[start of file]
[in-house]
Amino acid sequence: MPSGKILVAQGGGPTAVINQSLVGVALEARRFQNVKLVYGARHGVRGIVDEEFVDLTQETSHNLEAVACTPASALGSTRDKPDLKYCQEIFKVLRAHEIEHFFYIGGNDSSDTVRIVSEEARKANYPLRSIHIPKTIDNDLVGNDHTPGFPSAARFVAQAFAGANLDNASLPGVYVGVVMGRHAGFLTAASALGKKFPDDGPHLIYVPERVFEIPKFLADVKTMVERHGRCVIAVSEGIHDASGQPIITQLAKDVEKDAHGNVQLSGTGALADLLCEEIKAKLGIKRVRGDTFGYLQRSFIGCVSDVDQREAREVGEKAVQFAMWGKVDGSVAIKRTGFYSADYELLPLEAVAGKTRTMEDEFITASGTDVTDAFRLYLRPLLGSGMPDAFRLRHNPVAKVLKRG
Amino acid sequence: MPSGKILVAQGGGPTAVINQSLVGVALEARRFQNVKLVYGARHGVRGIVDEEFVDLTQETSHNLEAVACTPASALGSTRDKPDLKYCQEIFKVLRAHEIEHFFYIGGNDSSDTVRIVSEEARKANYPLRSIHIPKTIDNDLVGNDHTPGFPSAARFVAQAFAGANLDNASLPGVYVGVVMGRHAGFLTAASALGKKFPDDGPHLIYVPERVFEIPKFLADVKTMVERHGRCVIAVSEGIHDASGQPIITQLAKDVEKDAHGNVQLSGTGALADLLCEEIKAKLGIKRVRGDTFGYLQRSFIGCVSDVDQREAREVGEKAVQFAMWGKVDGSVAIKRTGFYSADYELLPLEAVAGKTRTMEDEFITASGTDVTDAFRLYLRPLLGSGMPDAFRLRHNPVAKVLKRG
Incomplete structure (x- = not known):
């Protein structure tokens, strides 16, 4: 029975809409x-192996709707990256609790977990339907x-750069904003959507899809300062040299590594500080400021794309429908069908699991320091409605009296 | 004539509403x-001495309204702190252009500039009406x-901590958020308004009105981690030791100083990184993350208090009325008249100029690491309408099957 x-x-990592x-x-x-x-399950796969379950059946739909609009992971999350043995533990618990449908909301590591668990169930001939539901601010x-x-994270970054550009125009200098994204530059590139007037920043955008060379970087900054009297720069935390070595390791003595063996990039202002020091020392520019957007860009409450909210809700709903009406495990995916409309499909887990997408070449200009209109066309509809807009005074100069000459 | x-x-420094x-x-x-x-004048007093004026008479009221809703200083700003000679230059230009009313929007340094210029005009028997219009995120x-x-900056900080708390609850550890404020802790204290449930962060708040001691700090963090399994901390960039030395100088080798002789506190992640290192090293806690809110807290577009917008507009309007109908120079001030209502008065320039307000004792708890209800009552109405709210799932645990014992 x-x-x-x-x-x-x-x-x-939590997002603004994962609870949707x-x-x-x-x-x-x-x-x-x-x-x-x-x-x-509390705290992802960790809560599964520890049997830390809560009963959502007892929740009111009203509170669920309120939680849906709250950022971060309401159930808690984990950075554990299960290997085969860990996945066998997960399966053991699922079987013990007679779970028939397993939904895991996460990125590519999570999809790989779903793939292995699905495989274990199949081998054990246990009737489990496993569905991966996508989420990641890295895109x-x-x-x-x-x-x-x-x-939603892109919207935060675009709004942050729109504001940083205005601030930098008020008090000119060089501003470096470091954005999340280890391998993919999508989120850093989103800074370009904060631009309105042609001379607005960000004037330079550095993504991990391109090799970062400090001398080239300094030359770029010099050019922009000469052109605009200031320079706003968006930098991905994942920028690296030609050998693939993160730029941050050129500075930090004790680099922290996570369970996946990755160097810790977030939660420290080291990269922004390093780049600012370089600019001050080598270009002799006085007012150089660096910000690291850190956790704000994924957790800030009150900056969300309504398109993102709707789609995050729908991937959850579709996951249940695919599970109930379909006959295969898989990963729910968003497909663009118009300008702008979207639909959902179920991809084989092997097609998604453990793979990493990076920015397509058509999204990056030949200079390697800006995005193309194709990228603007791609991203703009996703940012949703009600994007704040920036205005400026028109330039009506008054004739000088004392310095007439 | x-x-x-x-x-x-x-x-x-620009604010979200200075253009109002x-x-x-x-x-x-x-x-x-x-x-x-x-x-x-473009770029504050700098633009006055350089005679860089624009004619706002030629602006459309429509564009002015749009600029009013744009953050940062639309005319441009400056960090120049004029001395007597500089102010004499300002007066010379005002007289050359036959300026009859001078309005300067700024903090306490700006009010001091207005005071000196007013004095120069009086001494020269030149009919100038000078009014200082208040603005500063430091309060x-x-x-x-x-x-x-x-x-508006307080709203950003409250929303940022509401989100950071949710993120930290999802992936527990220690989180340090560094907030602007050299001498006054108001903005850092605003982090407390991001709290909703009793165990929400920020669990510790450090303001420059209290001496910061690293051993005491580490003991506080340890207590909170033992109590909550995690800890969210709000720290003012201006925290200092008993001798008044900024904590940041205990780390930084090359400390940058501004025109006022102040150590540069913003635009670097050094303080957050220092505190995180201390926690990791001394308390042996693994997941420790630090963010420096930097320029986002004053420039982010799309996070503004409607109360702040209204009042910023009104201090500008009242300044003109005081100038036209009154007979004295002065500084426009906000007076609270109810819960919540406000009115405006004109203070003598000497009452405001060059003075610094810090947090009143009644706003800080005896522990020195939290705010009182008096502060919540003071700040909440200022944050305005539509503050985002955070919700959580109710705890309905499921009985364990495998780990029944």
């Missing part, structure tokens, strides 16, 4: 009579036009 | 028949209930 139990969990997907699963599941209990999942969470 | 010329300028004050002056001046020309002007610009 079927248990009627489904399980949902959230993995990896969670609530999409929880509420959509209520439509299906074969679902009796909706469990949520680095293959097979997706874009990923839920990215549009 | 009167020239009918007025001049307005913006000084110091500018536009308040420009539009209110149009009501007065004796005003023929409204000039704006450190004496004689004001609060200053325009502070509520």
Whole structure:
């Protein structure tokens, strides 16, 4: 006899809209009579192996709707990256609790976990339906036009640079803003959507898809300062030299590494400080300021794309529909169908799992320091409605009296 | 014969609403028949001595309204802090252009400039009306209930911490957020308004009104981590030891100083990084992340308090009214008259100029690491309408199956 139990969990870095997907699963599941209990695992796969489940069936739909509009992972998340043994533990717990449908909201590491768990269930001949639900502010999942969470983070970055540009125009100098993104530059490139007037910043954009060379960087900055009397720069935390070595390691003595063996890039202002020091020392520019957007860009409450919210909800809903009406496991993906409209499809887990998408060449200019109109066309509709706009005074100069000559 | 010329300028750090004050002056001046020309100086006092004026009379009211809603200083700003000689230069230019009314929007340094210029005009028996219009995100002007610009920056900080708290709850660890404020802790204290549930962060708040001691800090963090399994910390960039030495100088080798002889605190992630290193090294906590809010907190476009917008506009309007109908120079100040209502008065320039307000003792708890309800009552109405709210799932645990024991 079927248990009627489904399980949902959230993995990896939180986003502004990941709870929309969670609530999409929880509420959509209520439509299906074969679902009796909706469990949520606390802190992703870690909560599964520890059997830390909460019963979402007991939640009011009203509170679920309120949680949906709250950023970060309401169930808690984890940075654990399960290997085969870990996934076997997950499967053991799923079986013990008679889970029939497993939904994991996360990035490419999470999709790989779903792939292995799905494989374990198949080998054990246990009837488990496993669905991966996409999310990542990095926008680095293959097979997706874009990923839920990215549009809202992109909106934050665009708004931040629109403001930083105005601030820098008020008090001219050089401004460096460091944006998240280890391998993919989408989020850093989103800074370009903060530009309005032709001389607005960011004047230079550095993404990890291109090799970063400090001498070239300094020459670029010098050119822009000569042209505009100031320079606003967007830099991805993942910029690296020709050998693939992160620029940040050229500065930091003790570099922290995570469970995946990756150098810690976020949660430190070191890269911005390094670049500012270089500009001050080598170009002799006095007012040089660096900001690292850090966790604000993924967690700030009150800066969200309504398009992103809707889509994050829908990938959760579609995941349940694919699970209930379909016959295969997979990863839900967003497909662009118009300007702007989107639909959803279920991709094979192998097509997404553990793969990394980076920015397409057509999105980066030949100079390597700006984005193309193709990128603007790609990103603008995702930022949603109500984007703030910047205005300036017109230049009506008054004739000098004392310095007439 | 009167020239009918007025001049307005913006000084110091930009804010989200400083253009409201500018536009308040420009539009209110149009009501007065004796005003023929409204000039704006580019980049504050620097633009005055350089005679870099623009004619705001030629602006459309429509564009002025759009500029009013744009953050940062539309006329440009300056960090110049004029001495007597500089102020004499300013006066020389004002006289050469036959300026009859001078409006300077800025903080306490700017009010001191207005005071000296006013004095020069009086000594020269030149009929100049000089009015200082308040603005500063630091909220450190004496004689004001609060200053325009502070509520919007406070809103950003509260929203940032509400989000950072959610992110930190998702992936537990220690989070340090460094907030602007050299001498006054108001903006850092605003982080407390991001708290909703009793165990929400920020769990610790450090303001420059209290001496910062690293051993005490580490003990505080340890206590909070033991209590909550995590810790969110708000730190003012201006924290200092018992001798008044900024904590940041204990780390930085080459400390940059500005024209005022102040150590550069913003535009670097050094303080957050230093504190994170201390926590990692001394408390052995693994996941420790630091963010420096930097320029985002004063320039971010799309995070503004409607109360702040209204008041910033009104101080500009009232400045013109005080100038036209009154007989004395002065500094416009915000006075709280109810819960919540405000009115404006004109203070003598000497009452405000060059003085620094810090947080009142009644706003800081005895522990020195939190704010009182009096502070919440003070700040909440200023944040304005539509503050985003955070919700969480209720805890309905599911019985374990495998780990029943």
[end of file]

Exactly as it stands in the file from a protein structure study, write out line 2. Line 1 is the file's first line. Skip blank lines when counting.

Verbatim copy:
Amino acid sequence: MPSGKILVAQGGGPTAVINQSLVGVALEARRFQNVKLVYGARHGVRGIVDEEFVDLTQETSHNLEAVACTPASALGSTRDKPDLKYCQEIFKVLRAHEIEHFFYIGGNDSSDTVRIVSEEARKANYPLRSIHIPKTIDNDLVGNDHTPGFPSAARFVAQAFAGANLDNASLPGVYVGVVMGRHAGFLTAASALGKKFPDDGPHLIYVPERVFEIPKFLADVKTMVERHGRCVIAVSEGIHDASGQPIITQLAKDVEKDAHGNVQLSGTGALADLLCEEIKAKLGIKRVRGDTFGYLQRSFIGCVSDVDQREAREVGEKAVQFAMWGKVDGSVAIKRTGFYSADYELLPLEAVAGKTRTMEDEFITASGTDVTDAFRLYLRPLLGSGMPDAFRLRHNPVAKVLKRG